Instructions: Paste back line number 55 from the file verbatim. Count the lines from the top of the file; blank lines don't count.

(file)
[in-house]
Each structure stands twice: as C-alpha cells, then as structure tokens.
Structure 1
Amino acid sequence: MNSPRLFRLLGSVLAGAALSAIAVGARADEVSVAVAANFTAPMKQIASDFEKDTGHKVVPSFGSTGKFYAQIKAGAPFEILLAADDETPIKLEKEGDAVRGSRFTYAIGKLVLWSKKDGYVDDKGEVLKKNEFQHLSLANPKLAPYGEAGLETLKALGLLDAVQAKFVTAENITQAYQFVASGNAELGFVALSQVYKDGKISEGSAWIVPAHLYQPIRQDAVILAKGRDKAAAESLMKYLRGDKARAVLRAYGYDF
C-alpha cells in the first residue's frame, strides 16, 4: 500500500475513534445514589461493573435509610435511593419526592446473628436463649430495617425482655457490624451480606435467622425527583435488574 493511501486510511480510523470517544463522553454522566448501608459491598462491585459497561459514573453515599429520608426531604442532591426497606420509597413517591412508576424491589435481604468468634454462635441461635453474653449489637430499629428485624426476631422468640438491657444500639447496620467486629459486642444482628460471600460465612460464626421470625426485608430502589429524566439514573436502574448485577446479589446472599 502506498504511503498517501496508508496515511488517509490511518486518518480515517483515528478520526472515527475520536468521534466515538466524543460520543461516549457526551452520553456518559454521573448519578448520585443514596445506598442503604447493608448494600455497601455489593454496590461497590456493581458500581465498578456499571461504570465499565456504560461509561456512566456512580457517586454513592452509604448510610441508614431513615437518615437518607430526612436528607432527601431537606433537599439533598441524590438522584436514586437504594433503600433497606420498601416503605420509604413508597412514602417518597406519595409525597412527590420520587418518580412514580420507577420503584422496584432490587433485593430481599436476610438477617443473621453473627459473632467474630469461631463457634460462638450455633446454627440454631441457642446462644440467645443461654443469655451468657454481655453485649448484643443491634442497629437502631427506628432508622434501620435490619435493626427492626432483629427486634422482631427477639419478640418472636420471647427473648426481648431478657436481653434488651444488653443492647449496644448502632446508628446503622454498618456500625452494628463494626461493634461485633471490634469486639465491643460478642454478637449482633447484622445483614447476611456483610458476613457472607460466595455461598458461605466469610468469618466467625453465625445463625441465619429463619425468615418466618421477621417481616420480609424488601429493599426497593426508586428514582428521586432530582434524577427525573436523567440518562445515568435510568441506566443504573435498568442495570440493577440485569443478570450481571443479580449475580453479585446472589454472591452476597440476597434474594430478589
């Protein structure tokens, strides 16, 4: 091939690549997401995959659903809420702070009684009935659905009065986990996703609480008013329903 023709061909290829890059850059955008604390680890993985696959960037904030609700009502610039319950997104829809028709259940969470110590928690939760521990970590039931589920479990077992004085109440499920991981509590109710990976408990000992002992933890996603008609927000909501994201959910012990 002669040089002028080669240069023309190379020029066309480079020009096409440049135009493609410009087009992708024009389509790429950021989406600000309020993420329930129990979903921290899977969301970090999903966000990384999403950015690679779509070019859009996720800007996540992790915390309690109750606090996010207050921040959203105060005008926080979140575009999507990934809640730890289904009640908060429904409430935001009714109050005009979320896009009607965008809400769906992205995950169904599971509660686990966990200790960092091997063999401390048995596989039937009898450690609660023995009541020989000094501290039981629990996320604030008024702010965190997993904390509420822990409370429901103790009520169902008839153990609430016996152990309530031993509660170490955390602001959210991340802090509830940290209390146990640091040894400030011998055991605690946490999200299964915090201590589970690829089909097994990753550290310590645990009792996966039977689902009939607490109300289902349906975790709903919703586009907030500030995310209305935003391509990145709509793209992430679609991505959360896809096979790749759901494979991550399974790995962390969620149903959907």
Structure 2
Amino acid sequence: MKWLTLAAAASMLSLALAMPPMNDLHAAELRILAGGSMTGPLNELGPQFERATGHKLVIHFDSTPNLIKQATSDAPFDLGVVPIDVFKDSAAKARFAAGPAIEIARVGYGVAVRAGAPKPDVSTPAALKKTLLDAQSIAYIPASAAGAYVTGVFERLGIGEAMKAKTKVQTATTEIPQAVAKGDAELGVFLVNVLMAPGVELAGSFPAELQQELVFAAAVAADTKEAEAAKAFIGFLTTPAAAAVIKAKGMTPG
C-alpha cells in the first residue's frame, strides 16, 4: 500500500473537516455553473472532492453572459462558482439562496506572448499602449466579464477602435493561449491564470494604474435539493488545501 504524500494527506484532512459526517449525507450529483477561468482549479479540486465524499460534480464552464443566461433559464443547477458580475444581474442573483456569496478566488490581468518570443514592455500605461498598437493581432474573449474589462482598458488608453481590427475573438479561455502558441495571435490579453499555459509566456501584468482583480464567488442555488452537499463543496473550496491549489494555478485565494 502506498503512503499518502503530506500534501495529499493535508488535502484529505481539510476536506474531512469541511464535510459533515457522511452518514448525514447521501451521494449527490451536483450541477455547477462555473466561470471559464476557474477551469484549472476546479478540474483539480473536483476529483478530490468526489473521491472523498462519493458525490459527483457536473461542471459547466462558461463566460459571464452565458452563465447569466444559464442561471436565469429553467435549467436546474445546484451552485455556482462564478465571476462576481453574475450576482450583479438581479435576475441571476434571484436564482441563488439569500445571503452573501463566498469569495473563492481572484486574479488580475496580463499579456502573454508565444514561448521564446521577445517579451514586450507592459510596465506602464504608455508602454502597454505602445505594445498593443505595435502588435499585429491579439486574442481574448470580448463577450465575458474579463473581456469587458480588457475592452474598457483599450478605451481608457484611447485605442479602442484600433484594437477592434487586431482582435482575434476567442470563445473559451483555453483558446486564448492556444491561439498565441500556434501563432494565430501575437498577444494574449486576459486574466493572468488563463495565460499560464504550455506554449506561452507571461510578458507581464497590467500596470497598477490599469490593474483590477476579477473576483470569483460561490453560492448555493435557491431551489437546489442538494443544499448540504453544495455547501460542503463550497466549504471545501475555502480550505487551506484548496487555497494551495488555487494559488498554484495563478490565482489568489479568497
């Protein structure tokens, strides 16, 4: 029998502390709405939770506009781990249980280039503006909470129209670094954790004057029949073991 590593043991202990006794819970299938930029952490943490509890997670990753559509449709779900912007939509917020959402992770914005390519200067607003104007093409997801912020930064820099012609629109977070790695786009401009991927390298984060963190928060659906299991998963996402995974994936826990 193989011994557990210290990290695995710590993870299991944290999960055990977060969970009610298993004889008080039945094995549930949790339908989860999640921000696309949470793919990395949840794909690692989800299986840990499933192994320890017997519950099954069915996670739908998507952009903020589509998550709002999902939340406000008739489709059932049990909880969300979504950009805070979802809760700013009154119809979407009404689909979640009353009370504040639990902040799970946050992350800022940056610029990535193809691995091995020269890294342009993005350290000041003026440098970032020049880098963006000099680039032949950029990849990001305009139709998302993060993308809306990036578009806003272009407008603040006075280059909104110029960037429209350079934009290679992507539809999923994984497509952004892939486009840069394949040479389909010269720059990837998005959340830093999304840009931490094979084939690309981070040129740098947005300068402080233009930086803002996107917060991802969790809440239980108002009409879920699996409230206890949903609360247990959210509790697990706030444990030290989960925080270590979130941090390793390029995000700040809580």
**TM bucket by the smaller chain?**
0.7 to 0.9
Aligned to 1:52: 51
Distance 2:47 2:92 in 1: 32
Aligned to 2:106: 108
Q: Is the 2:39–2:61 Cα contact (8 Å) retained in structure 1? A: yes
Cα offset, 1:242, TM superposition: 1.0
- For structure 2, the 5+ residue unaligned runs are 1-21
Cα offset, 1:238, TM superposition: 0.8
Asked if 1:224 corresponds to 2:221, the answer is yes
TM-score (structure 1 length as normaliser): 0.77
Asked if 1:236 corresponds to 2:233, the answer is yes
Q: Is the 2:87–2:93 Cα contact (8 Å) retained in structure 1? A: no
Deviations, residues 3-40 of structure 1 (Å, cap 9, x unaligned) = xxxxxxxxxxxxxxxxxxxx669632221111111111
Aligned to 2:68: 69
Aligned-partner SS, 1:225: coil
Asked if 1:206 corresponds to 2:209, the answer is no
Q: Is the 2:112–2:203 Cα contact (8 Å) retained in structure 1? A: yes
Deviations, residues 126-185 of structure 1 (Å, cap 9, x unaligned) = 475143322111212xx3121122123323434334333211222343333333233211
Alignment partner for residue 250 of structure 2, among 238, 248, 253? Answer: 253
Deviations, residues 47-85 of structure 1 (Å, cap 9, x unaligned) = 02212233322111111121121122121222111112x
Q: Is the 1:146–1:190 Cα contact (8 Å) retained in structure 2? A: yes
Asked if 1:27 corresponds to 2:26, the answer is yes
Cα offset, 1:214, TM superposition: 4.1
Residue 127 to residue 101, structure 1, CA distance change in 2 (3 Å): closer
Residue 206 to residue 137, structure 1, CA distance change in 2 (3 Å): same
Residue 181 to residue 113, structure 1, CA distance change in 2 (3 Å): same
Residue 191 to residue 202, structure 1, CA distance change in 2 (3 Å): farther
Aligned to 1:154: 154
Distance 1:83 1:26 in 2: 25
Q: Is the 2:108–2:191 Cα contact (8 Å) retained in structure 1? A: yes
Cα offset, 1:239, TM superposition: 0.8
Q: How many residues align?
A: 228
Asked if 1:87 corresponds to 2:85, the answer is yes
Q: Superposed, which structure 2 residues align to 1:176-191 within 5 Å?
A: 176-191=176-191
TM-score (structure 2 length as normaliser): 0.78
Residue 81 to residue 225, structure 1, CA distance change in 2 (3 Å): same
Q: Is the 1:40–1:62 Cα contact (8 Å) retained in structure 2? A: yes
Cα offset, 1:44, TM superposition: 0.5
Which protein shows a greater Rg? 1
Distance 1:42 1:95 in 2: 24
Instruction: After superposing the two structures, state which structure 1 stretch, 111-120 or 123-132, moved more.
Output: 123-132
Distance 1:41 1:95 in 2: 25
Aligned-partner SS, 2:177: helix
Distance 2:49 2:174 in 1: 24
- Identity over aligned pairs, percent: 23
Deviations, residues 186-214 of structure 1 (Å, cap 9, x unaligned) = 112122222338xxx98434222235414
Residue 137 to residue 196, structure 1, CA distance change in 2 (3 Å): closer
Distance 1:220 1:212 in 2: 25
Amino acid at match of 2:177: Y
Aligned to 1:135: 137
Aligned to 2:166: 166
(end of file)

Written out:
Output: 123-132